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Updated Apr 21, 2014 - 5:30 pm

Arizona House to take up 2 school voucher bills

PHOENIX — The Arizona Department of Education says it was mistaken when it
informed the public and reporters last month that all students in the state’s
school voucher program are currently receiving extra funding that is meant for
students from charter schools.

Meanwhile, the Arizona House of Representatives is slated to debate a bill that
would allow the department to do just that.

The House on Monday morning delayed a debate on Senate Bill 1237, which would
allow the education department to give all students in the Arizona Empowerment
Scholarship Accounts program an extra $1,684 to $1,963 that is meant for
students who leave charter schools to join the program. Students in charters get
more funding than those in traditional public schools.

The voucher program has been a contentious topic this legislative session, with
several Republican bills that aim to expand the program. One bill approved in
both chambers.

The House last week voted down a different bill that would have vastly expanded
program eligibility to low-income students. House Bill 2291 would have added an
additional 100,000 to 120,000 students who are eligible to participate, although
the program has a cap in place that would only allow 5,400 new students into the
program this year. That cap will grow in coming years. But the House voted down
the bill with a 31-27 vote, with six key Republicans siding with Democrats.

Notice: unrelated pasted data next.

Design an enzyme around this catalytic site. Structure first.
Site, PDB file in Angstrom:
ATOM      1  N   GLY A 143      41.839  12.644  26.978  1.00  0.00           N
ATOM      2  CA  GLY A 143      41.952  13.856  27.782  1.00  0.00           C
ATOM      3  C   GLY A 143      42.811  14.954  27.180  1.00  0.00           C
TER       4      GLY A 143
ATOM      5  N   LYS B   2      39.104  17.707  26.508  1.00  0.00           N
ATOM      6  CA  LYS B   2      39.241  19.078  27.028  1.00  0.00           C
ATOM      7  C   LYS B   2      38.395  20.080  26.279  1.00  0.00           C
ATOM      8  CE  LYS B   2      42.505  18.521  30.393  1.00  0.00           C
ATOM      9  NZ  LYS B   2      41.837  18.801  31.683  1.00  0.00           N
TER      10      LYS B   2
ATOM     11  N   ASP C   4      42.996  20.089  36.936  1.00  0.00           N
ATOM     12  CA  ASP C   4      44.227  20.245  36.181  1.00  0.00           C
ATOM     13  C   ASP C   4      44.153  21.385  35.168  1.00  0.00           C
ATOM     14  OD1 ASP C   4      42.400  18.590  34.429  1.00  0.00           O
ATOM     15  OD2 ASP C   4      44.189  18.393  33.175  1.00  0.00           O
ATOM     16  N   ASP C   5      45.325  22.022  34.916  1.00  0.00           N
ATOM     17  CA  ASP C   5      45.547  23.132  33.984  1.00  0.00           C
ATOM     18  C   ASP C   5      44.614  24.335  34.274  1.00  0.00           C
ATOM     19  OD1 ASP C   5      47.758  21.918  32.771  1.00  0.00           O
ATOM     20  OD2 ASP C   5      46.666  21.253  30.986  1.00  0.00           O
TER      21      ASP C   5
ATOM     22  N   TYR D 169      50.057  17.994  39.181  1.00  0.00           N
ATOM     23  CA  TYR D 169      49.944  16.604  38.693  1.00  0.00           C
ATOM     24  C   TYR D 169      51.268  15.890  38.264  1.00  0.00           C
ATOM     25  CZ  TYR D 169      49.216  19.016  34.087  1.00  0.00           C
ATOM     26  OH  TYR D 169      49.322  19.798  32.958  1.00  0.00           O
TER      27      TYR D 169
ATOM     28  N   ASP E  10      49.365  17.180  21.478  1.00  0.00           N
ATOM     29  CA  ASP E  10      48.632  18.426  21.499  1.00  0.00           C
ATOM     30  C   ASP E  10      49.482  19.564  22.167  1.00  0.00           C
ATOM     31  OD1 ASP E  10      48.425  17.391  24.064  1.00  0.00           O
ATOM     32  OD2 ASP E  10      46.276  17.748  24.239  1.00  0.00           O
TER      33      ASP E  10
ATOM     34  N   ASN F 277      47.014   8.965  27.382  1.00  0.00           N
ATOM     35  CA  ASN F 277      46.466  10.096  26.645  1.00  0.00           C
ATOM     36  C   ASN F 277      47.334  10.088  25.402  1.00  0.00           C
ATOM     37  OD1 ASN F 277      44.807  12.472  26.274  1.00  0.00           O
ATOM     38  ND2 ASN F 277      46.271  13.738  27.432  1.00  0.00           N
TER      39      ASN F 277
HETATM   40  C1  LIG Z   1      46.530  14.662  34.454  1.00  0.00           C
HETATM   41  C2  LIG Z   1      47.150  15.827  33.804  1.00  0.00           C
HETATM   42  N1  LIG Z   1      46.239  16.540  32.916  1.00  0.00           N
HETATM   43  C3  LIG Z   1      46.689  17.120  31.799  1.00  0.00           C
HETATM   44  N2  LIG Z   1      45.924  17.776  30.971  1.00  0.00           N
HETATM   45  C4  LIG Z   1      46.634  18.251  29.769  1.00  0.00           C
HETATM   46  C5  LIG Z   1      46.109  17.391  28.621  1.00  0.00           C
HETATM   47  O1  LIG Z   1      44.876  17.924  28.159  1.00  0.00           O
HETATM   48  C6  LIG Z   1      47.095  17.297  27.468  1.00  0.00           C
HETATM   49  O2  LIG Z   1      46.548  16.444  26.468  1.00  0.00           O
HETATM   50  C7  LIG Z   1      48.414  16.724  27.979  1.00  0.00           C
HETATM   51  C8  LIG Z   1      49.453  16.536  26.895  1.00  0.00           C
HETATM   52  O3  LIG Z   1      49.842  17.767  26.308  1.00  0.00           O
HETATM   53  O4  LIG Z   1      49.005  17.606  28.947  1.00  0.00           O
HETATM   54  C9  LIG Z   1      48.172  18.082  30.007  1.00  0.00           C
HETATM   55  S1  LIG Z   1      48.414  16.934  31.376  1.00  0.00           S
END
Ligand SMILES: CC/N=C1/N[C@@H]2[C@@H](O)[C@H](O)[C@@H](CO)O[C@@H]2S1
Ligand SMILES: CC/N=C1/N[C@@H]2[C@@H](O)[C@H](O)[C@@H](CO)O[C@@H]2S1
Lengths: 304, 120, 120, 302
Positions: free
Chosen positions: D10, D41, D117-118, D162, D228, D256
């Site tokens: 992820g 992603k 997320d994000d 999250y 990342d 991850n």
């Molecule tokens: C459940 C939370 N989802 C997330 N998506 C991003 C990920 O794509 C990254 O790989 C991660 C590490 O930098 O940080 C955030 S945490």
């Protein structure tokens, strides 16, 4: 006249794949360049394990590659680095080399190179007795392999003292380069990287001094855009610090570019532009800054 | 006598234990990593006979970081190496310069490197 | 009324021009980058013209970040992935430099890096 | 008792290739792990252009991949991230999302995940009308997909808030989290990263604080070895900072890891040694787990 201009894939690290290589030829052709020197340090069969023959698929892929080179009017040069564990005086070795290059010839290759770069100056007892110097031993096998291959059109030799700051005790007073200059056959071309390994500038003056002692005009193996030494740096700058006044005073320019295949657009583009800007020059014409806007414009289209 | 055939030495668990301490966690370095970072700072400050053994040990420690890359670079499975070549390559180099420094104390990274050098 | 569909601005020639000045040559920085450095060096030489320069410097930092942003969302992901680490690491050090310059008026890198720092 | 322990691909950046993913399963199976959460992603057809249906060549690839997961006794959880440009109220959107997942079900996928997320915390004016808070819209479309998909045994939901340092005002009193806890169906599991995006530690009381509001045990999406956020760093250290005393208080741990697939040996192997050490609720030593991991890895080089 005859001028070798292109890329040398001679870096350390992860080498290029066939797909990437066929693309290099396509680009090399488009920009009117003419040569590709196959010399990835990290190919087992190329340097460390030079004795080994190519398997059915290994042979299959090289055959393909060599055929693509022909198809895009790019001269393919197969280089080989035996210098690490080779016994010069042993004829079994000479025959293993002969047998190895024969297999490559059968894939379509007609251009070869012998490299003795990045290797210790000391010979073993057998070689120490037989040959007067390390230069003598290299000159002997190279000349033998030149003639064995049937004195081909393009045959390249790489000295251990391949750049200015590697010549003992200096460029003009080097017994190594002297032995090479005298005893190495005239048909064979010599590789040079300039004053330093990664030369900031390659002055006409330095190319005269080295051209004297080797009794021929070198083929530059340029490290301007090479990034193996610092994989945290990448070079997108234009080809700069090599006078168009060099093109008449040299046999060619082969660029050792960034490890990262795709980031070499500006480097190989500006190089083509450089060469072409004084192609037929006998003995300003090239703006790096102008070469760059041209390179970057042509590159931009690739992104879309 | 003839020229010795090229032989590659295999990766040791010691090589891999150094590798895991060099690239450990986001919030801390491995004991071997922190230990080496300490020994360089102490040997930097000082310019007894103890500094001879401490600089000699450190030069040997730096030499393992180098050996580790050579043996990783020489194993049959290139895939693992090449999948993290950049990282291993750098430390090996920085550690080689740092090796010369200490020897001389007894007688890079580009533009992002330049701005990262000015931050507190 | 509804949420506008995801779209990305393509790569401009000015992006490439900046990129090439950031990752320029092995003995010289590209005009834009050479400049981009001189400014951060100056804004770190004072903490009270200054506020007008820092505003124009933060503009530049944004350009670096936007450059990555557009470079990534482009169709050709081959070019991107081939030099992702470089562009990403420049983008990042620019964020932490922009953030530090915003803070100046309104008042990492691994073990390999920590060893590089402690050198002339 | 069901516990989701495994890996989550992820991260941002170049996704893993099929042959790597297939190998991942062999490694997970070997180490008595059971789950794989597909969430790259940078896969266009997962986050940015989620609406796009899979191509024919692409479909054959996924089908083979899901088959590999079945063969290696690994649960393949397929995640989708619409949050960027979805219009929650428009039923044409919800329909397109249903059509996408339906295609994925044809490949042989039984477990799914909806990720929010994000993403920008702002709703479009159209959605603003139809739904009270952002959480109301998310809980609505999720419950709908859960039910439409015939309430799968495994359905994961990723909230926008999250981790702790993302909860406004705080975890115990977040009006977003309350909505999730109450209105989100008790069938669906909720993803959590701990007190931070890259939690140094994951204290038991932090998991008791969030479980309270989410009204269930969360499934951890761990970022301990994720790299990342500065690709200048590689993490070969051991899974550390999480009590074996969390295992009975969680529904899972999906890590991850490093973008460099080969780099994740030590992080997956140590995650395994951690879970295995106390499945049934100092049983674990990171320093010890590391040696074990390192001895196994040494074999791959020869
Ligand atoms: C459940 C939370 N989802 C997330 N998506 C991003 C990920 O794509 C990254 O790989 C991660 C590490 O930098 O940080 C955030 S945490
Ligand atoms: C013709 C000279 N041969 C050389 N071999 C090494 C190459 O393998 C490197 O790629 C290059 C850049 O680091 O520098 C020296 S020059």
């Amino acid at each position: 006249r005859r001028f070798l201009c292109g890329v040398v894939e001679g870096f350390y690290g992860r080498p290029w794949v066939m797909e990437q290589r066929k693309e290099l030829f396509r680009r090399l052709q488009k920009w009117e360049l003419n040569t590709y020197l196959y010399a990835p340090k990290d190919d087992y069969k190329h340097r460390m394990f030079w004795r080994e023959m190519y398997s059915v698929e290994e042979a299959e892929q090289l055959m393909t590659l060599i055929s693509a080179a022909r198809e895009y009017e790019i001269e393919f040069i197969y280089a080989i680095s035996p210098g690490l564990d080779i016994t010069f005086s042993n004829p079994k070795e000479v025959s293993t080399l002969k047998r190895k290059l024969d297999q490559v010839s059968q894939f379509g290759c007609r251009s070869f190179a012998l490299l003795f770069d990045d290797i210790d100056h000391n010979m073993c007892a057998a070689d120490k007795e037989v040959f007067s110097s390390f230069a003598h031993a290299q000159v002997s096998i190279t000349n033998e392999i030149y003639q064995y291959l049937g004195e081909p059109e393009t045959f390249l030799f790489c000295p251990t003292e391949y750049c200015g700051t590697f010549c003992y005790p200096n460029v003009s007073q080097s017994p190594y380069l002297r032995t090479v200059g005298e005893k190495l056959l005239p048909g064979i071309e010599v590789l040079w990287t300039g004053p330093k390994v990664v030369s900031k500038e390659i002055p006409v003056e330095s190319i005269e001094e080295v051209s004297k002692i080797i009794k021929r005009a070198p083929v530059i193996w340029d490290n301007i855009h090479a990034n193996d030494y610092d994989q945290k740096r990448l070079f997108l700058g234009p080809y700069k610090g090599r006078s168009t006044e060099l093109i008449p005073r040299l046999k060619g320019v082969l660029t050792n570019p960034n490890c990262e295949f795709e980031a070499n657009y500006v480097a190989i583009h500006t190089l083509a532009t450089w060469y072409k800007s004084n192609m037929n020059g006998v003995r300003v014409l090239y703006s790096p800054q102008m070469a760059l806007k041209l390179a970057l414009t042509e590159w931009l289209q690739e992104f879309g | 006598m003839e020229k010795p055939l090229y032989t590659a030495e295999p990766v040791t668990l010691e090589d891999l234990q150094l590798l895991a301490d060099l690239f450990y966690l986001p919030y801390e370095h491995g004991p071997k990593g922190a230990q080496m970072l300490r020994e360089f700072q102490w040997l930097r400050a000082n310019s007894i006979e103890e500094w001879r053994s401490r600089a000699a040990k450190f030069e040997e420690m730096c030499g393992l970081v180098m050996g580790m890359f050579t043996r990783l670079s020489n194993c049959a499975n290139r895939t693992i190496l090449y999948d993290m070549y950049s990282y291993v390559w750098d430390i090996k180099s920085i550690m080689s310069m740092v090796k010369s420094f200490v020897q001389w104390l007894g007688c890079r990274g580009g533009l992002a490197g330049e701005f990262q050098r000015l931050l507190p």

The program was created in 2011 for children with disabilities. It was expanded
last year to include children from schools that have received a poor grade from
the state, and to students with active military parents. It allows students to
use public funds for a private education, tutoring and other educational needs.

Senate Bill 1237, if approved, would legally allow the Department of Education
to give all students in the program extra funding. There are currently 700
students enrolled, and an additional 2,479 have already applied to enroll in the
upcoming school year. The bill also would allow parents of special needs
children enrolled in the program to get verification from an independent
contractor that would allow them to receive extra funding, instead of going
through the school district the child previously attended.

Proponents of the expansions say the program gives parents more choices to best
fit their child’s educational needs. Opponents say it unfairly takes funding
away from public schools while giving it to private institutions that cannot be
held publicly accountable.


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